I am in the second week of my Lenten sacrifice of complaining. I would like to say I haven’t complained but that would be untrue. Maybe not as much? But I have noticed a few things…
(1) I complain way more than I thought I did! Because I am conscious of it in a way I wasn’t before, I catch myself before I do it (sometimes). And when I do complain I realize I am doing it. This self-awareness is the best thing in the first week of the journey without complaining. I notice what I say and, more importantly, my habits in how I respond to a whole range of things and people.
(2) The power of habit. (1) leads to this observation – I am a creature of habit. I know that. We all are. But some of my habits are destructive of my personal relationships, interfere with my work, and short-circuit my faith life. Changing habits is hard but I am learning that recognizing and dealing with our current habits must be part of the change.
(3) Objectifying people. One of the worst things we do as human beings is objectifying others – individuals, groups of people, etc. I am learning that when I complain I objectify people. They stop being people when they become objects of my complaints. People become things just like the mess one of my children left in the kitchen, the pothole that still hasn’t been fixed on my street, the weather, etc. My complaints about individuals and whole classes of people ( women, church members, other drivers, people in line with me at the grocery store, whatever group has irked me at the moment) turns them into objects who lose their dignity and value as God’s creatures. I had no idea but I think that I am on to something here.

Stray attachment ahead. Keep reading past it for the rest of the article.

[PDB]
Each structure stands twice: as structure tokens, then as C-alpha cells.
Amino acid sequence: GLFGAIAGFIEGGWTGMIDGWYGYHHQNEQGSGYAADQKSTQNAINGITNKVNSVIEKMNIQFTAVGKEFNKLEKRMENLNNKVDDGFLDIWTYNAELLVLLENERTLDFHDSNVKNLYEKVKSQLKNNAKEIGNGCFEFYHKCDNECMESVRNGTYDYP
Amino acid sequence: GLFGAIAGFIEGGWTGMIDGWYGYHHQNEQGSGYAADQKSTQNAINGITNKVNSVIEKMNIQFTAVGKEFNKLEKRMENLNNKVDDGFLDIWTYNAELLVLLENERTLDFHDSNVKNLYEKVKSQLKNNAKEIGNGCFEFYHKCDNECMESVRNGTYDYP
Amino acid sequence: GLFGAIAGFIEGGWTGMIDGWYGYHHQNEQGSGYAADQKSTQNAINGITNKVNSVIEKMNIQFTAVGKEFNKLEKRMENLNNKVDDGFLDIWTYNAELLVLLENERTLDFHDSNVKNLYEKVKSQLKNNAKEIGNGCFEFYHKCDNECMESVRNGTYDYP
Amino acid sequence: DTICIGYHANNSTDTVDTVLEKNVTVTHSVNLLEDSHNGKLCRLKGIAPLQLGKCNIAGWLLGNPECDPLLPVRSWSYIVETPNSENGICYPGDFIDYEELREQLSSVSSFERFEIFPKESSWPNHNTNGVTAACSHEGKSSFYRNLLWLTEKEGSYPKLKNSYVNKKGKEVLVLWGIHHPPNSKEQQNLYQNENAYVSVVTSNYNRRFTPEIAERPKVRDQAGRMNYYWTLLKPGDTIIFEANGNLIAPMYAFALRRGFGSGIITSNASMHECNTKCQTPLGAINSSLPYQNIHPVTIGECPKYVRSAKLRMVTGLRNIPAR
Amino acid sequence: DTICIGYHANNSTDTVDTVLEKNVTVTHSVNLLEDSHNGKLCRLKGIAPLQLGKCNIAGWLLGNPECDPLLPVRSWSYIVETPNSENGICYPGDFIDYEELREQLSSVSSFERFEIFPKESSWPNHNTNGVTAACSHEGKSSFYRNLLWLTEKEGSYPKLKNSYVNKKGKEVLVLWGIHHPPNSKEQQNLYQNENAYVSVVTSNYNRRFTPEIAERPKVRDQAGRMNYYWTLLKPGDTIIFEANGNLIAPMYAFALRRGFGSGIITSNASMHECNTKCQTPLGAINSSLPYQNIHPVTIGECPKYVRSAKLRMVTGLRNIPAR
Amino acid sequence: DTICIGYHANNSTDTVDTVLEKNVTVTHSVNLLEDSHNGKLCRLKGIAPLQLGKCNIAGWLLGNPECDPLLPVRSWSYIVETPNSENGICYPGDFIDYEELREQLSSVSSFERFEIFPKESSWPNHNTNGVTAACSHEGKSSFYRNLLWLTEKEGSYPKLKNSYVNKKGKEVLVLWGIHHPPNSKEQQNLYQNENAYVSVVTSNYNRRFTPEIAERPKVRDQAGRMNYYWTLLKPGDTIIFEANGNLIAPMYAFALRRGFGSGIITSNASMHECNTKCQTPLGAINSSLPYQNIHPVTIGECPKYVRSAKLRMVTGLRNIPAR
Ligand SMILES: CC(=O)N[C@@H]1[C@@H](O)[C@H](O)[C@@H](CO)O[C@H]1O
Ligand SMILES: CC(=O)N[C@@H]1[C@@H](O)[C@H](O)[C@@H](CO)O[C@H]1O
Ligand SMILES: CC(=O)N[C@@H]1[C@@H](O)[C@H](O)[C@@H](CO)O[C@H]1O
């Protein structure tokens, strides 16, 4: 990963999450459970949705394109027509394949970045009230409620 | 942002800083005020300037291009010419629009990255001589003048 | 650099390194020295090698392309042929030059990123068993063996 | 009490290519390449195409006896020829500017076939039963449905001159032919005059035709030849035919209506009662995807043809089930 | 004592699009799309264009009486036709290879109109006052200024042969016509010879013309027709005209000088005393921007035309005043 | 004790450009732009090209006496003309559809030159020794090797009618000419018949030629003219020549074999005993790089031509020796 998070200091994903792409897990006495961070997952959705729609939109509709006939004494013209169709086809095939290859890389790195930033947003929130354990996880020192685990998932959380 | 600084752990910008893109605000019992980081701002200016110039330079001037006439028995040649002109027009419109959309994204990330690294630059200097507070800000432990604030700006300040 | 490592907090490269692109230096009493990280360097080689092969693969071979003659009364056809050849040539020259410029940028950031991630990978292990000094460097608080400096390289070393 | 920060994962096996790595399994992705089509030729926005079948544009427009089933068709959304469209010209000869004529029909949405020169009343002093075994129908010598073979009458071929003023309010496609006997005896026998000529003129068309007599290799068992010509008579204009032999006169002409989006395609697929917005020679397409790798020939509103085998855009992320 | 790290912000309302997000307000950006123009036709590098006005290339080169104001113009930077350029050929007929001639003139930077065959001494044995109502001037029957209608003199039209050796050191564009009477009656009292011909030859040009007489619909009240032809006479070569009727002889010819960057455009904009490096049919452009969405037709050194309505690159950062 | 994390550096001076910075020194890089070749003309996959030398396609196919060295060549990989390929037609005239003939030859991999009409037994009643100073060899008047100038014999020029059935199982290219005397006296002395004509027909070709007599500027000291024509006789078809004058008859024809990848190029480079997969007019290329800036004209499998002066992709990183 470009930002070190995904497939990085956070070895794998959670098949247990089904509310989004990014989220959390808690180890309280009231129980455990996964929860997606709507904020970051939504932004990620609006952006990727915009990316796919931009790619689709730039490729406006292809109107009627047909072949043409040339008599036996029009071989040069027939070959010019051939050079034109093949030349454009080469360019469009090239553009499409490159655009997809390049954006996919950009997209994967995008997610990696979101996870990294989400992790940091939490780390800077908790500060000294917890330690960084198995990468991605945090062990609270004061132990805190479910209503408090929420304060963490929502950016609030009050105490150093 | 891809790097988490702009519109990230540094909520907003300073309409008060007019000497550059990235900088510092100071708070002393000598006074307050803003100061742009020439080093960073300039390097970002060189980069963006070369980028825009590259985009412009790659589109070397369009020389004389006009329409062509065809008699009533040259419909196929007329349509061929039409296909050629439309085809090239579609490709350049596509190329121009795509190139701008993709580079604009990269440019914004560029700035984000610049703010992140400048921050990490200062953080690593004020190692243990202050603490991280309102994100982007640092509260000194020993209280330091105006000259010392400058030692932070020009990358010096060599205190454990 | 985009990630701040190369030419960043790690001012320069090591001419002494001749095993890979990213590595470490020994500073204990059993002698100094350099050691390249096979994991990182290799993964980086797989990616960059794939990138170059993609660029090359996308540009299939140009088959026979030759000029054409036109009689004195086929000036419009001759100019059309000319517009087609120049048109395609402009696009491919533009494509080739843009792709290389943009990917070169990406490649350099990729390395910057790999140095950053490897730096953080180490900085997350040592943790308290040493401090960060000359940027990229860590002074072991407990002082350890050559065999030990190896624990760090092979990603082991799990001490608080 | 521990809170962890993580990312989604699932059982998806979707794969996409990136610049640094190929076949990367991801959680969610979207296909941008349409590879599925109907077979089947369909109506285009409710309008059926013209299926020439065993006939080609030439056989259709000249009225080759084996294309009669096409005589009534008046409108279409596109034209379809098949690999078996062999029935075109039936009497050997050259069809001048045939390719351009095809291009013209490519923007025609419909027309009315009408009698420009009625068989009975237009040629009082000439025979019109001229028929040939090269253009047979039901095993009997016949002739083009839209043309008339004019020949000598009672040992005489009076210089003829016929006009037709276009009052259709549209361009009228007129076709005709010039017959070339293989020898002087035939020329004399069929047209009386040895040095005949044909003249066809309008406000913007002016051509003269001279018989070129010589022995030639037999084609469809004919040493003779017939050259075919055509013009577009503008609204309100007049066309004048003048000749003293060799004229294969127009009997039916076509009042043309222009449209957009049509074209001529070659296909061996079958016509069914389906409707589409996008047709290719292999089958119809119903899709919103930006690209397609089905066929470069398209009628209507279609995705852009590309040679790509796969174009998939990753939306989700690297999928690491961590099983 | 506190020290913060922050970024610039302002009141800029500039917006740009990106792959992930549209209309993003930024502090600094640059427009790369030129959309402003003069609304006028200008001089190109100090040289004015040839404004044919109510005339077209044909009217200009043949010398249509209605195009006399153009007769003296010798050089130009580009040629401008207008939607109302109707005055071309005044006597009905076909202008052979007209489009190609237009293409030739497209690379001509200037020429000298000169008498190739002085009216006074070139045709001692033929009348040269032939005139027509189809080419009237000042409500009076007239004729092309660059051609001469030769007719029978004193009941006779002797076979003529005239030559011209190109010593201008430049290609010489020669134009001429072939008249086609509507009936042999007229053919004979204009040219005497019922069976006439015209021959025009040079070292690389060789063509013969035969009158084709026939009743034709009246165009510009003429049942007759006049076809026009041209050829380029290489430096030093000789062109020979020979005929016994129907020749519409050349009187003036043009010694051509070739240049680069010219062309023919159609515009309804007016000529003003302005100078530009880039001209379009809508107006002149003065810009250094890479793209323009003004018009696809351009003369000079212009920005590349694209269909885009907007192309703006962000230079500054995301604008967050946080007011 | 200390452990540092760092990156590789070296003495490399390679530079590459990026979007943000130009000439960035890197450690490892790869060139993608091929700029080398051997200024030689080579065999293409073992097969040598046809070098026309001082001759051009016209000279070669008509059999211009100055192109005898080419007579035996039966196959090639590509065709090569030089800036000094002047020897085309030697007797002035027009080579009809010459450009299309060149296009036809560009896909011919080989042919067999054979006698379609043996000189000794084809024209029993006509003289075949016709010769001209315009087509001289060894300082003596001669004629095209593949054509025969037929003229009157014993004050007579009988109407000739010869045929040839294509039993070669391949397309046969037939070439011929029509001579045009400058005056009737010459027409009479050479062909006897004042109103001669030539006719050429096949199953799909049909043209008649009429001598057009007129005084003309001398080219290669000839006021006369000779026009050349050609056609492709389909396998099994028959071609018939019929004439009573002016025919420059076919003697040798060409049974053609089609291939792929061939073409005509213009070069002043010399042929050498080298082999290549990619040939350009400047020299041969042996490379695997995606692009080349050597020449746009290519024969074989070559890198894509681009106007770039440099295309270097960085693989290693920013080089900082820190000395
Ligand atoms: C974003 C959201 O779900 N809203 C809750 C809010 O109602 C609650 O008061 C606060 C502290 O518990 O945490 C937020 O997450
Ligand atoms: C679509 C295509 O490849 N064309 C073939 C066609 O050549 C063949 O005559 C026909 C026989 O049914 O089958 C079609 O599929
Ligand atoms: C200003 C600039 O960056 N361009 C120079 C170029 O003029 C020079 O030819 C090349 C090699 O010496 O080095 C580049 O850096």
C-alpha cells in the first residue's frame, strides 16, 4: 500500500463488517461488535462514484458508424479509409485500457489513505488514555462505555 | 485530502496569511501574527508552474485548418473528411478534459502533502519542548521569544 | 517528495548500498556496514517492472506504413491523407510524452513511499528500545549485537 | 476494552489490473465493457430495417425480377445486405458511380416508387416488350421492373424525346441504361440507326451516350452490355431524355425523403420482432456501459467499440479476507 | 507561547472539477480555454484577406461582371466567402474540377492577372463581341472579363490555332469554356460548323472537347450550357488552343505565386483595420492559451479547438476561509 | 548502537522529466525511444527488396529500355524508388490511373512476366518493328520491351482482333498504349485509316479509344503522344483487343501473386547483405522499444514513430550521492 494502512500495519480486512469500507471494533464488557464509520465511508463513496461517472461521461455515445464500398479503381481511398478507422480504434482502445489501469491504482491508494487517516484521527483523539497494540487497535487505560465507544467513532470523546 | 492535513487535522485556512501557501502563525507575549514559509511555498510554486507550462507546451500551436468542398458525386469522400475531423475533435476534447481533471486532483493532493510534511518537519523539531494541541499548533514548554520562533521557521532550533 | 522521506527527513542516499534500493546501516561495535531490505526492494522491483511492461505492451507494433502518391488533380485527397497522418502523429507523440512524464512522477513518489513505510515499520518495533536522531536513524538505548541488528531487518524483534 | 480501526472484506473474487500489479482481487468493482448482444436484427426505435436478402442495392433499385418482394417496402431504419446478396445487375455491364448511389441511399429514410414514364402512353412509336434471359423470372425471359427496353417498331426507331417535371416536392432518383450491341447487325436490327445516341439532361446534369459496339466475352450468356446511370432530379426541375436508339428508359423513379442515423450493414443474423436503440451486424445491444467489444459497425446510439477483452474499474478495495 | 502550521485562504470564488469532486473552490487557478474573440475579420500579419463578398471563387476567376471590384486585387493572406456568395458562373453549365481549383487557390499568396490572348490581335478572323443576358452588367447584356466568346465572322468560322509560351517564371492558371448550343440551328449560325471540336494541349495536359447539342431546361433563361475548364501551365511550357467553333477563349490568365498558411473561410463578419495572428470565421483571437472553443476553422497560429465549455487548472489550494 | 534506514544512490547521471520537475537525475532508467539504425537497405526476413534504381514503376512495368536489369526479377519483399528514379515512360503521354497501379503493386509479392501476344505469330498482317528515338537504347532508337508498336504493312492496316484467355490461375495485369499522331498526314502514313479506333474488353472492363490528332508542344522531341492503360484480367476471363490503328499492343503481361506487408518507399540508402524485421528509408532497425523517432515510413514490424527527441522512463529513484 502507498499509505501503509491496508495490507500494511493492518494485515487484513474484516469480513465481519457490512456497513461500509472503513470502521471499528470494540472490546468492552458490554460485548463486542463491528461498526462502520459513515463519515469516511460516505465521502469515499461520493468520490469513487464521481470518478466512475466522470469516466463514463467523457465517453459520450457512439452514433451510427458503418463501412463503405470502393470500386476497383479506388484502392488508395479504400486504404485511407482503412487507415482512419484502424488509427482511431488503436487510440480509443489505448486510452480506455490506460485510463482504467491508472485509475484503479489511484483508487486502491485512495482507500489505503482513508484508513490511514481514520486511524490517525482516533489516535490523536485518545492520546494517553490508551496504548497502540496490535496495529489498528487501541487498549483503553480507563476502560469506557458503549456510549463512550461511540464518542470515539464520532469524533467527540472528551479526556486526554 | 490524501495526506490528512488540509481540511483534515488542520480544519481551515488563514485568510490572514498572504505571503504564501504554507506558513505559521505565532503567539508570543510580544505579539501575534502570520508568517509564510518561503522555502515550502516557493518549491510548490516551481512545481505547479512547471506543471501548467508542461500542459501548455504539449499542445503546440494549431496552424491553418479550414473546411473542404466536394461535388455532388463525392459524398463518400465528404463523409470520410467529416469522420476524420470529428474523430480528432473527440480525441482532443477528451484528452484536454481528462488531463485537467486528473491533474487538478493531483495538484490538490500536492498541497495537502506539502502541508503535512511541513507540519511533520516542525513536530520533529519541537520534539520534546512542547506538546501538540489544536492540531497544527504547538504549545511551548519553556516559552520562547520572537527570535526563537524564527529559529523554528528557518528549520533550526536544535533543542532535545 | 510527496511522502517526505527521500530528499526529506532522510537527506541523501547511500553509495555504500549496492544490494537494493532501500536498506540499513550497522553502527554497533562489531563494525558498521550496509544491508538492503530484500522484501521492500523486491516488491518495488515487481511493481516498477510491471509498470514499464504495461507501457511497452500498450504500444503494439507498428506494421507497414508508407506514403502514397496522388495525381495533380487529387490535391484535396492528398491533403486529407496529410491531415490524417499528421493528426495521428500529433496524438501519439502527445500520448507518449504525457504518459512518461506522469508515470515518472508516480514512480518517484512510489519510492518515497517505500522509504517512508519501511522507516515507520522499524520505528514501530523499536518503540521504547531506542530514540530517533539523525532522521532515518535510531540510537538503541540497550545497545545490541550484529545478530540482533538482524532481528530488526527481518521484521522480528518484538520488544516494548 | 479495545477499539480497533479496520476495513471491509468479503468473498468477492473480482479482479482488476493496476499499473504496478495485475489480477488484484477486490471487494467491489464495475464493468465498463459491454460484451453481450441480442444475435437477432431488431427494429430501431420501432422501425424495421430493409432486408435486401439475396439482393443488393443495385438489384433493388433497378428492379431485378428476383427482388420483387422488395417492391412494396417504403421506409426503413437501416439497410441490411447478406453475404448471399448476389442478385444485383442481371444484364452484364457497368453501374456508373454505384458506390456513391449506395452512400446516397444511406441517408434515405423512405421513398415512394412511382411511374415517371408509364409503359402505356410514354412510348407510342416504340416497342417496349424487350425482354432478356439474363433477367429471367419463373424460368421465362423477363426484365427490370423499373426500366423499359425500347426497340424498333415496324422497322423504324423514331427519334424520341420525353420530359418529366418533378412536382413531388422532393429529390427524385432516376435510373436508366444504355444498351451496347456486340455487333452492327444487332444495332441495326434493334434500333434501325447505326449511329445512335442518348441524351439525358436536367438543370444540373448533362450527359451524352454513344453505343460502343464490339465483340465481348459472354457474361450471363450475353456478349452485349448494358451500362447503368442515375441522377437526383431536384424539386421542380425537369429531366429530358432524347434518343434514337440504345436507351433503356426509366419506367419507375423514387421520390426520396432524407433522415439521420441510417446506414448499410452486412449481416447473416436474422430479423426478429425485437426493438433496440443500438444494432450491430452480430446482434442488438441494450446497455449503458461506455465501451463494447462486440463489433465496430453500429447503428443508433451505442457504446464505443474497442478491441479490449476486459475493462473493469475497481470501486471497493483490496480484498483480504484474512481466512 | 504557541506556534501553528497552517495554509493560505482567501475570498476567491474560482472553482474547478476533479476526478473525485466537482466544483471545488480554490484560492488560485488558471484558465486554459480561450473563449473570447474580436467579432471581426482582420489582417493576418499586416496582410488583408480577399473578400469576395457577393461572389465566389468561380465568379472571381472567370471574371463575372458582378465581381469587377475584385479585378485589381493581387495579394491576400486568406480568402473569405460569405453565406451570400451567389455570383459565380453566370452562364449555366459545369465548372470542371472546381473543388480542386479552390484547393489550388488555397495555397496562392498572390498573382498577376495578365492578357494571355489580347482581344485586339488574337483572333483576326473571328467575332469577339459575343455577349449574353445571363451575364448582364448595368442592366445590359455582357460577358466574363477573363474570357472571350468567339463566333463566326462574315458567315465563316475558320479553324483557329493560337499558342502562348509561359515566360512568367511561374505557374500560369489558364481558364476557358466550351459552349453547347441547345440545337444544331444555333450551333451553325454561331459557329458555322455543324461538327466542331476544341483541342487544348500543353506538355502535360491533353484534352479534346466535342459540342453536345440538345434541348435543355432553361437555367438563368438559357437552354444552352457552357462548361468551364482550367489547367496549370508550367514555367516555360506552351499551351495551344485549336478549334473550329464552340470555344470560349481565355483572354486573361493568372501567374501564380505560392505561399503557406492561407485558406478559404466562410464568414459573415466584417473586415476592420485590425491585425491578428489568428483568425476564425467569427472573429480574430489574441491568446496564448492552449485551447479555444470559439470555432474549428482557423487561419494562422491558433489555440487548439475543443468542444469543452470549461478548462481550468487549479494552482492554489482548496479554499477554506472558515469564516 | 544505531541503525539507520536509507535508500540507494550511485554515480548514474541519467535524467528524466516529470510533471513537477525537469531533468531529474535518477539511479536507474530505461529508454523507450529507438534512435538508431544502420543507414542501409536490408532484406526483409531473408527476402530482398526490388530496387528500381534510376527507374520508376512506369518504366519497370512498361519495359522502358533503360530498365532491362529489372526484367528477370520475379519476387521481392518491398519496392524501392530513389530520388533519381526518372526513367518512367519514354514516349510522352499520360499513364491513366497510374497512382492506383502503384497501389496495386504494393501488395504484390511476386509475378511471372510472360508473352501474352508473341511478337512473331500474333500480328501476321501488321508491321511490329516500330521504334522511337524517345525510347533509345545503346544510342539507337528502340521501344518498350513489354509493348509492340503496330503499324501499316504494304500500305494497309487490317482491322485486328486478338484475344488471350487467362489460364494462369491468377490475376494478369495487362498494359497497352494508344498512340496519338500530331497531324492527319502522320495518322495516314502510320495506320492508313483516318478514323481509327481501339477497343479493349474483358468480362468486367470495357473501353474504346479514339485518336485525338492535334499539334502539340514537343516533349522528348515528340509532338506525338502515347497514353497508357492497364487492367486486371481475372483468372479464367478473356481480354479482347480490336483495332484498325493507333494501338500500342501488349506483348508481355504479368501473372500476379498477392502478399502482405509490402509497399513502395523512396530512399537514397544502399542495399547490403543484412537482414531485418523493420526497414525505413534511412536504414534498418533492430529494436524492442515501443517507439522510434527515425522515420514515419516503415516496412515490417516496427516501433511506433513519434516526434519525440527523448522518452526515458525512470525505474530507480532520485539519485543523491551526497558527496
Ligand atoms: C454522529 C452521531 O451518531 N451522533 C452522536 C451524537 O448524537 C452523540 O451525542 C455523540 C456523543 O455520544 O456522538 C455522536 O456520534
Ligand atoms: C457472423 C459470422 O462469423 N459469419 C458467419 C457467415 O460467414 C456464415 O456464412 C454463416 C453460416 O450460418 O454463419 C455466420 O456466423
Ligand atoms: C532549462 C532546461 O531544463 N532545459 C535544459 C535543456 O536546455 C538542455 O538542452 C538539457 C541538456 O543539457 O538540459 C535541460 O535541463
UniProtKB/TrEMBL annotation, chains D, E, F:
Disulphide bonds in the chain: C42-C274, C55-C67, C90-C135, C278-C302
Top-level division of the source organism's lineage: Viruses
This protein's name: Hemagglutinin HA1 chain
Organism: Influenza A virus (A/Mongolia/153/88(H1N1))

I have much to learn I am sure – mostly about myself. This is hard work because it isn’t just about stopping something I do without thought. I am digging up things in my soul that I don’t like and patterns of thought I find unpleasant at best.
I also have a ton of work to do on just stopping complaining. Instead of sacrificing complaining during Lent I am really journeying toward giving it up, I hope, by the time Lent is over.